Foto: Thiery Noir & Keith Harring / (c) Thierry Noir
Thierry Noir was born in 1958 in Lyon, France, and came to Berlin in January 1982. In April 1984, Noir began to paint the Berlin Wall and is credited as being the first artist to do so. Noir’s objective was to perform one real revolutionary act: To paint the Berlin wall, to transform it, to make it ridiculous, and to help destroy it prempting its ultimate fall in 1989.
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Noir covered the Berlin Wall, more than 3 metres high, with bright, vivid colours, aiming not to embellish the wall but to demystify it. Noir’s iconic, bright and seemingly innocent works painted on this deadly border symbolised a sole act of defiance and a lone voice of freedom.
Painting on the wall was absolutely forbidden; it was built 3 metres beyond the official border so the east-German soldiers were able to arrest any person standing near it. Noir had to paint as quickly as possible, using the recipe of ‘two ideas, three colours’ as a celebration of the ‘eternal youth’. Despite their bright colours and playful nature, the murals left a lingering sense of melancholy: As Noir says, “I did nothing but react to its sadness”.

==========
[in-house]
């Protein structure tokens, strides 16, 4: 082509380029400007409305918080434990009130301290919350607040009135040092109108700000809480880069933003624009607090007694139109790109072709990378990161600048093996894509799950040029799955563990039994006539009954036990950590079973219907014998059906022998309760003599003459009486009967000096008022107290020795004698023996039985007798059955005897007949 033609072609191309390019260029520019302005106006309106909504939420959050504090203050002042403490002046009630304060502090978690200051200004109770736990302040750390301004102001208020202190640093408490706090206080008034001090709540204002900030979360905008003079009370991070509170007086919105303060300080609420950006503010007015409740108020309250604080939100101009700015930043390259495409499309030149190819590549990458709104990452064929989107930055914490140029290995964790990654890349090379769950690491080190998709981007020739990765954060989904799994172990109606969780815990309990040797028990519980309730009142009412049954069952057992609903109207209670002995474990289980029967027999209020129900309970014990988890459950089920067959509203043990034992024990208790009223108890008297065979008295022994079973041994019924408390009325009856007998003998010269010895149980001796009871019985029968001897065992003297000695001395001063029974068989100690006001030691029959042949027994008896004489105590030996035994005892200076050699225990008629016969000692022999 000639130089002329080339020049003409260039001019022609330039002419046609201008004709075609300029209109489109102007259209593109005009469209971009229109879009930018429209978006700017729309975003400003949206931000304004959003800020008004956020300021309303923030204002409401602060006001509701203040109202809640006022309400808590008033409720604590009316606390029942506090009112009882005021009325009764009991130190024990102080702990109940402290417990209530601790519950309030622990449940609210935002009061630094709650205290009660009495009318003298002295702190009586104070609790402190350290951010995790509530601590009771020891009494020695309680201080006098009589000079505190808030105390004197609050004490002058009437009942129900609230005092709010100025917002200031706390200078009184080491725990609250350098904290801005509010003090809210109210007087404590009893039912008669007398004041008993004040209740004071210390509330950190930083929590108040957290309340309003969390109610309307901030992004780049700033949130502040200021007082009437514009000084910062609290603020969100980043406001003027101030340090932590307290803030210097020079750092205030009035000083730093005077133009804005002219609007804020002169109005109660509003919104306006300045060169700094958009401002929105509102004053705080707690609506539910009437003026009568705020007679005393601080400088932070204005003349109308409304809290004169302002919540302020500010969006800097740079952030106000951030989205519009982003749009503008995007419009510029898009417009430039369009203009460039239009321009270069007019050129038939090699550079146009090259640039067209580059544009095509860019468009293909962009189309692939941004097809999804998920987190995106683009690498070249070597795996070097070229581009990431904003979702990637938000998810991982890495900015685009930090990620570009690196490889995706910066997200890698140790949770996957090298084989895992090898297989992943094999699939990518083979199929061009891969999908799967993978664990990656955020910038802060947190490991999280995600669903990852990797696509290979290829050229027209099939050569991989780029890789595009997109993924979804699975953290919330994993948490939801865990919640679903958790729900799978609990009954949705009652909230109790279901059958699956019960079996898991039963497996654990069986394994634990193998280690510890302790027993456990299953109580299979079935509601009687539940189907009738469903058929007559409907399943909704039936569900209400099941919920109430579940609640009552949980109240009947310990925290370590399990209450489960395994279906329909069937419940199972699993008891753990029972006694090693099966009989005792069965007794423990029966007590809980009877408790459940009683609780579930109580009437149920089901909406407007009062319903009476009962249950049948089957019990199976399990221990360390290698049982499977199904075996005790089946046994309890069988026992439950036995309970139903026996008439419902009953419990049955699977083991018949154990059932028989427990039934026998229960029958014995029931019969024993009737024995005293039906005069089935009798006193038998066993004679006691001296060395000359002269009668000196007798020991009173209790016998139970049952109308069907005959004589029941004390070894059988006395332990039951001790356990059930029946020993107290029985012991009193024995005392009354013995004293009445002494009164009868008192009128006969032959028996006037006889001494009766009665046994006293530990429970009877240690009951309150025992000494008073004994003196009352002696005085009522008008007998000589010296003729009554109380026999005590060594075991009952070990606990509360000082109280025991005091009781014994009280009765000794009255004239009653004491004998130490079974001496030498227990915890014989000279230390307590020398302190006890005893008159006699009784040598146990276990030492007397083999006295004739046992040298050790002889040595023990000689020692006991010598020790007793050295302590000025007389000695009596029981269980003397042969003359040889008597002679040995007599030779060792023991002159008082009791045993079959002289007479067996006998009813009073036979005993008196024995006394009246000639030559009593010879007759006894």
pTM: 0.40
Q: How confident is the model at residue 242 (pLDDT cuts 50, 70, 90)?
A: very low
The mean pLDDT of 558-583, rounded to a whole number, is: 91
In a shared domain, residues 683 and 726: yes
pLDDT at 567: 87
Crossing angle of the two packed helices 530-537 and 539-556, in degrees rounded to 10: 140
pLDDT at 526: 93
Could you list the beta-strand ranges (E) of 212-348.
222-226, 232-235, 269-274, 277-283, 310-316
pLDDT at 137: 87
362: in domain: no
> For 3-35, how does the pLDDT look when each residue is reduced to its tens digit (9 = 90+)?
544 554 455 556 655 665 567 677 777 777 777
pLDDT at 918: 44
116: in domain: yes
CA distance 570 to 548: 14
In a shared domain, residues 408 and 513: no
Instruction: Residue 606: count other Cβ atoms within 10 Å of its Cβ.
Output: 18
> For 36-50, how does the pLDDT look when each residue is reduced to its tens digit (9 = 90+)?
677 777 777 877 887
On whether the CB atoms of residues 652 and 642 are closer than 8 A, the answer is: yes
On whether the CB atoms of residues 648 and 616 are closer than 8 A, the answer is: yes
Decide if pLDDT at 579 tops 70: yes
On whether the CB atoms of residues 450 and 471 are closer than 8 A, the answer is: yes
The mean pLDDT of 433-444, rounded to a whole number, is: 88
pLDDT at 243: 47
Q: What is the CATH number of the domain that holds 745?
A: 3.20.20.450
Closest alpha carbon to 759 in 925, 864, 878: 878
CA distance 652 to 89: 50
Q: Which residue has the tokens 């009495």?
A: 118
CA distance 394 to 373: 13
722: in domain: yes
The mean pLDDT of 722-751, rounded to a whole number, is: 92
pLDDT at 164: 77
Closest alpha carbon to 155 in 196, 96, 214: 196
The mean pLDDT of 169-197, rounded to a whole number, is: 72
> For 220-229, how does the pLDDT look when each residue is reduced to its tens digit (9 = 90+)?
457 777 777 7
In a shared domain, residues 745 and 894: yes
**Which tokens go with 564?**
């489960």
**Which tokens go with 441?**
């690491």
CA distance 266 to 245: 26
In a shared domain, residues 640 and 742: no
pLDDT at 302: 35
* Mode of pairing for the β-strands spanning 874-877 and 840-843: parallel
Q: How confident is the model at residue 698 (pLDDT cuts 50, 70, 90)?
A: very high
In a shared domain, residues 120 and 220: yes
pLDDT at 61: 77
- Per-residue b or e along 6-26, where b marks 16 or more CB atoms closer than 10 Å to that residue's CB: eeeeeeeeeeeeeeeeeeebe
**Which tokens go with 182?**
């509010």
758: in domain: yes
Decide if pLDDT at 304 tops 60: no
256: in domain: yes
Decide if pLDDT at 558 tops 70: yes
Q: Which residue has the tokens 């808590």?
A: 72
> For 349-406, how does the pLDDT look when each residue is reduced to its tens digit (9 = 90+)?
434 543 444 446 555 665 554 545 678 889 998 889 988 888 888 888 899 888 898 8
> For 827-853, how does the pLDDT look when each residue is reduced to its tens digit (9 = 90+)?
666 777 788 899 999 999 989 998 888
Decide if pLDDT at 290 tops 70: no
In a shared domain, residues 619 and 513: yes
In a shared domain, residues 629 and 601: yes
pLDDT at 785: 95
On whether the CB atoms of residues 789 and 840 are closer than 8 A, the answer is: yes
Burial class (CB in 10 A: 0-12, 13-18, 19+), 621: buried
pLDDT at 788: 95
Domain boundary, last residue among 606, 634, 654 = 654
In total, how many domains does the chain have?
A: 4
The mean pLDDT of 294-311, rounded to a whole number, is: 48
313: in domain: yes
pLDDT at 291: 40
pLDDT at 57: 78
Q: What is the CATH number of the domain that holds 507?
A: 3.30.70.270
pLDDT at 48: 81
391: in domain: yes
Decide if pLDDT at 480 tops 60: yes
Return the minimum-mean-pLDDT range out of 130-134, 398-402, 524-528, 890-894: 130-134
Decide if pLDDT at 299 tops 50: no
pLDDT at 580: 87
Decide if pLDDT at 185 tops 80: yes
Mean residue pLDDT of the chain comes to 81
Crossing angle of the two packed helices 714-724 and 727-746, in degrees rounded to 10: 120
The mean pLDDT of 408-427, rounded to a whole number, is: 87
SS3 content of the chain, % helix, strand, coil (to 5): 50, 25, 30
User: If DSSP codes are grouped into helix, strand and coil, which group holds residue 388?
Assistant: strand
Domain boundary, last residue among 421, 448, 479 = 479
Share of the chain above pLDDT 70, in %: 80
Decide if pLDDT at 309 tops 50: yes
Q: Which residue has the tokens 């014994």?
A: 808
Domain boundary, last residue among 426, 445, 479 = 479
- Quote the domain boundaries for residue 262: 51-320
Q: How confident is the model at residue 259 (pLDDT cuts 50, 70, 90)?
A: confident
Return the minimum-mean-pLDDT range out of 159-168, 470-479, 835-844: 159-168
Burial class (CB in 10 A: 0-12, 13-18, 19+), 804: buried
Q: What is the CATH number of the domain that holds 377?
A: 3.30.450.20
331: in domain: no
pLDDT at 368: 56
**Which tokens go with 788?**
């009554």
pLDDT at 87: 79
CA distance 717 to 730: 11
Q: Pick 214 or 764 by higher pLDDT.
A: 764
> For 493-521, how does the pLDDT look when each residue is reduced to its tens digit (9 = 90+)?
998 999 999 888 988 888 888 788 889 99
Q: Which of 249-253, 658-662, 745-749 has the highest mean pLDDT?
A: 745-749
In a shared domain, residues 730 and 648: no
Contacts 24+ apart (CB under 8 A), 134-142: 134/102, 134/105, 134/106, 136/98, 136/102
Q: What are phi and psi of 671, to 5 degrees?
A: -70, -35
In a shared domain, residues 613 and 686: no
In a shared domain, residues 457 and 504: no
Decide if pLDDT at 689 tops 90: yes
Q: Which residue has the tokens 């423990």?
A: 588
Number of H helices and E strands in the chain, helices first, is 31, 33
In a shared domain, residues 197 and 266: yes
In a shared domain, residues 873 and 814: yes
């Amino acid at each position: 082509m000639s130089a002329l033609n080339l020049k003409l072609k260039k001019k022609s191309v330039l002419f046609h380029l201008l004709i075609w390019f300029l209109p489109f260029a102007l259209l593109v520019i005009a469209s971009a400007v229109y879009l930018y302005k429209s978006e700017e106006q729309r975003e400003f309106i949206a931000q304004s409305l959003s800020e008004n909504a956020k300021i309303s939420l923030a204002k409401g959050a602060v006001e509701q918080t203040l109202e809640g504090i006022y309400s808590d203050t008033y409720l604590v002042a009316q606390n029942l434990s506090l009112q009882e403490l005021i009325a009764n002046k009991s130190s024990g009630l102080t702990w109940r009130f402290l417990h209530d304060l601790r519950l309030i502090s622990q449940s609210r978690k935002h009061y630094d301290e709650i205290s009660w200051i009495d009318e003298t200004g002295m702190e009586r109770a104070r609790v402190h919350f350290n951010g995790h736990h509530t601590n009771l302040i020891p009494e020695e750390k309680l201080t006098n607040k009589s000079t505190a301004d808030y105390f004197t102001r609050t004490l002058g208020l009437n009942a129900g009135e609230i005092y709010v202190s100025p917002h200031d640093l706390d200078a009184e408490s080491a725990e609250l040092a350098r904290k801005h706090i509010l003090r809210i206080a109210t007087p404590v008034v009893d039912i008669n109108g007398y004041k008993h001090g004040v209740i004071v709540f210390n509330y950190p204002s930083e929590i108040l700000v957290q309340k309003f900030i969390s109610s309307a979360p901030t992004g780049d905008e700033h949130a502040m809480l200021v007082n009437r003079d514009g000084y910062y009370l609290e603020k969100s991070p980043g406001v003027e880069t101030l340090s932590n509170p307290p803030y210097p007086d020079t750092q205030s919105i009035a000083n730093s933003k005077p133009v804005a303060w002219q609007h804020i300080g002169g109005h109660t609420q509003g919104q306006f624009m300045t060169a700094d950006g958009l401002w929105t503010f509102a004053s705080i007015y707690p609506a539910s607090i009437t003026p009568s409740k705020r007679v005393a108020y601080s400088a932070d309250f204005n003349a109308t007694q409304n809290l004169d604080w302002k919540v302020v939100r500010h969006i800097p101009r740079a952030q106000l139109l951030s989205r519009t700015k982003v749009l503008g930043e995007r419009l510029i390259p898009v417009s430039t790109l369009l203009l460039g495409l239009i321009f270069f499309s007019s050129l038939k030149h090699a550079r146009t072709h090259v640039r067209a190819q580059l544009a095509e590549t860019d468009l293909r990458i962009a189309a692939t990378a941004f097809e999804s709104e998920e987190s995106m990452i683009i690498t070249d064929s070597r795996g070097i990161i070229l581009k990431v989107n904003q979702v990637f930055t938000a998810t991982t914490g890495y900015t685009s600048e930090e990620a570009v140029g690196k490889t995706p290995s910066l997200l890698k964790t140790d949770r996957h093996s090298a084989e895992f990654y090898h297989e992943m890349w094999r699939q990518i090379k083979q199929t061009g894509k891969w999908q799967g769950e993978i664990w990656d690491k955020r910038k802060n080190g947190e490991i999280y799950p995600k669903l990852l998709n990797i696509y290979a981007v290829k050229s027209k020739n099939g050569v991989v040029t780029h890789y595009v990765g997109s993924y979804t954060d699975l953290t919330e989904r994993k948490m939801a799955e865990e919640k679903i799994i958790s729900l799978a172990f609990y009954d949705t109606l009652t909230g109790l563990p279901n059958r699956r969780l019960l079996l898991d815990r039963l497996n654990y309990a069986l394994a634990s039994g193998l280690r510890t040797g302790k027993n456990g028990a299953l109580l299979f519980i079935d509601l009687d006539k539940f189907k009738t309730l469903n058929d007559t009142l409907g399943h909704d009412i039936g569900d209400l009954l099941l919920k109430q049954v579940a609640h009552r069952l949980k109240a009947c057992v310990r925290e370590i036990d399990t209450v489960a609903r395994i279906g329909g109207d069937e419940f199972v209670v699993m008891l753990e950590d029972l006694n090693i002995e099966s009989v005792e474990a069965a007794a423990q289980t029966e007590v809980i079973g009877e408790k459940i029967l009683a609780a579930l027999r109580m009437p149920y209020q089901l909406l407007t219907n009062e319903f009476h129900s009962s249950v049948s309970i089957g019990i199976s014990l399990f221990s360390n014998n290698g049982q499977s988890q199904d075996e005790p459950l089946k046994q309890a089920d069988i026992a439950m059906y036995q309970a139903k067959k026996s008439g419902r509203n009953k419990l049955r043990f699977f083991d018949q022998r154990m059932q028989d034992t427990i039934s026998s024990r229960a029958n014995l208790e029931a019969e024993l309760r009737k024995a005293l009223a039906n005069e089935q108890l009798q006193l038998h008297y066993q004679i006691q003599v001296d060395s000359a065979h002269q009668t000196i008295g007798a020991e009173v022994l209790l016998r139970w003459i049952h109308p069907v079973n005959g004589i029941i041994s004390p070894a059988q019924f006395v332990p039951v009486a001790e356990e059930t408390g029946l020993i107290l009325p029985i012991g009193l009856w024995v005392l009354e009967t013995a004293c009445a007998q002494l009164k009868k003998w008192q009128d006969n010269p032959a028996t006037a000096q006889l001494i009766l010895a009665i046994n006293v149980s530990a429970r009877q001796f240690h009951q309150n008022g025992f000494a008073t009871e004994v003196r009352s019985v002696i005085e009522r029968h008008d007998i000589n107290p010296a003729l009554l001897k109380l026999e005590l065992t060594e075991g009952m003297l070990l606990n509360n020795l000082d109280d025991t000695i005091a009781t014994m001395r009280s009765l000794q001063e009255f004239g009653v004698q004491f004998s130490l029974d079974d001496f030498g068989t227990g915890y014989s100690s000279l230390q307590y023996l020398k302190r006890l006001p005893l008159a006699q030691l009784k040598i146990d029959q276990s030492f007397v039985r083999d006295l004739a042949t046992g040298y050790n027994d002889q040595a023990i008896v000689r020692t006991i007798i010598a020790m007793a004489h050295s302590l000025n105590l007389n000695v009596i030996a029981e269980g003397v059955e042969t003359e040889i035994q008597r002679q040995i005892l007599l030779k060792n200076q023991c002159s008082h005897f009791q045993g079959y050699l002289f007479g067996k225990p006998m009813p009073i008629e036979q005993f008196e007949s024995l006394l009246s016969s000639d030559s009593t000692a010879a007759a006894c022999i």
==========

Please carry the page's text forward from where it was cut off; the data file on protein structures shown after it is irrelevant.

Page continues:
Since the 1980s, Noir’s exploits and highly distinctive visual language have become world famous and immortalised in popular culture such as Wim Wenders’ 1987 film Wings of Desire and the cover of U2’s album Acthung Baby. Noir is today being increasingly recognised as a key forerunner of the modern street art movement. Noir is also compared with contemporaneous New York pop artist Keith Haring also born in 1958 and who likewise began his career on the streets.
Noir’s practice has a strong emphasis on line and aims to simplify forms to their most basic elements. This simplicity reflected the necessity of painting quickly outdoors in a hazardous environment with very real risks to his personal safety. Noir reacted to his environment and his monsters are a metaphor for the Wall itself, each one relating to his experiences or feelings of what he calls a ‘killing machine’.
If you paint on the street you are immediately political, because you change the life of the people. Especially in north Europe where the winters are long and grey – you give people a one second smile on their face.
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I wanted to cover the wall with colours to wrap it up with paintings, to make it luminous, to show it like a mutation in the city, a mutation in art and nature.